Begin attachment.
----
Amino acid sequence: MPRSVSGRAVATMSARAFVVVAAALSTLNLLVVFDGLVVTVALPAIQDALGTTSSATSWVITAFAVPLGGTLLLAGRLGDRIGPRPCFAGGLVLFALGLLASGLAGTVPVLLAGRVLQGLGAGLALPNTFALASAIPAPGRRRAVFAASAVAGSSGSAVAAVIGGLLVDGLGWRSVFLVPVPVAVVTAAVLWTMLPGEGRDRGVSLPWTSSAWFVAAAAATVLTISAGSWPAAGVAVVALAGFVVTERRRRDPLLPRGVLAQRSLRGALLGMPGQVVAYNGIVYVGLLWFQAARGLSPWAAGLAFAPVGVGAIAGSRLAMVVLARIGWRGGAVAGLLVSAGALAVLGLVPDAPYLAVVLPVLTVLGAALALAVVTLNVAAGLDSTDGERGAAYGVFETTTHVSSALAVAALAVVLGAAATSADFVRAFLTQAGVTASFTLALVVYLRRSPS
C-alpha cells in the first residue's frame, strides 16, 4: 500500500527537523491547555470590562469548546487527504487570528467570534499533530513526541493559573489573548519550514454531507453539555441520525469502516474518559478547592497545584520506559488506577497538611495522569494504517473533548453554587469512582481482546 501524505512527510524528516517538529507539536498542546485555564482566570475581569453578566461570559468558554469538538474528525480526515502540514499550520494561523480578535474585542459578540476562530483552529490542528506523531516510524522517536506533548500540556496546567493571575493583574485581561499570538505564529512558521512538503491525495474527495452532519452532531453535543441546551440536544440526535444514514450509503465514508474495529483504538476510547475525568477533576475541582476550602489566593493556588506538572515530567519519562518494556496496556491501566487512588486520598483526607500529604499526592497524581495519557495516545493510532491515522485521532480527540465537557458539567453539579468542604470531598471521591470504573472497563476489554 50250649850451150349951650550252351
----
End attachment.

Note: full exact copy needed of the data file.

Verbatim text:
Amino acid sequence: MPRSVSGRAVATMSARAFVVVAAALSTLNLLVVFDGLVVTVALPAIQDALGTTSSATSWVITAFAVPLGGTLLLAGRLGDRIGPRPCFAGGLVLFALGLLASGLAGTVPVLLAGRVLQGLGAGLALPNTFALASAIPAPGRRRAVFAASAVAGSSGSAVAAVIGGLLVDGLGWRSVFLVPVPVAVVTAAVLWTMLPGEGRDRGVSLPWTSSAWFVAAAAATVLTISAGSWPAAGVAVVALAGFVVTERRRRDPLLPRGVLAQRSLRGALLGMPGQVVAYNGIVYVGLLWFQAARGLSPWAAGLAFAPVGVGAIAGSRLAMVVLARIGWRGGAVAGLLVSAGALAVLGLVPDAPYLAVVLPVLTVLGAALALAVVTLNVAAGLDSTDGERGAAYGVFETTTHVSSALAVAALAVVLGAAATSADFVRAFLTQAGVTASFTLALVVYLRRSPS
C-alpha cells in the first residue's frame, strides 16, 4: 500500500527537523491547555470590562469548546487527504487570528467570534499533530513526541493559573489573548519550514454531507453539555441520525469502516474518559478547592497545584520506559488506577497538611495522569494504517473533548453554587469512582481482546 501524505512527510524528516517538529507539536498542546485555564482566570475581569453578566461570559468558554469538538474528525480526515502540514499550520494561523480578535474585542459578540476562530483552529490542528506523531516510524522517536506533548500540556496546567493571575493583574485581561499570538505564529512558521512538503491525495474527495452532519452532531453535543441546551440536544440526535444514514450509503465514508474495529483504538476510547475525568477533576475541582476550602489566593493556588506538572515530567519519562518494556496496556491501566487512588486520598483526607500529604499526592497524581495519557495516545493510532491515522485521532480527540465537557458539567453539579468542604470531598471521591470504573472497563476489554 50250649850451150349951650550252351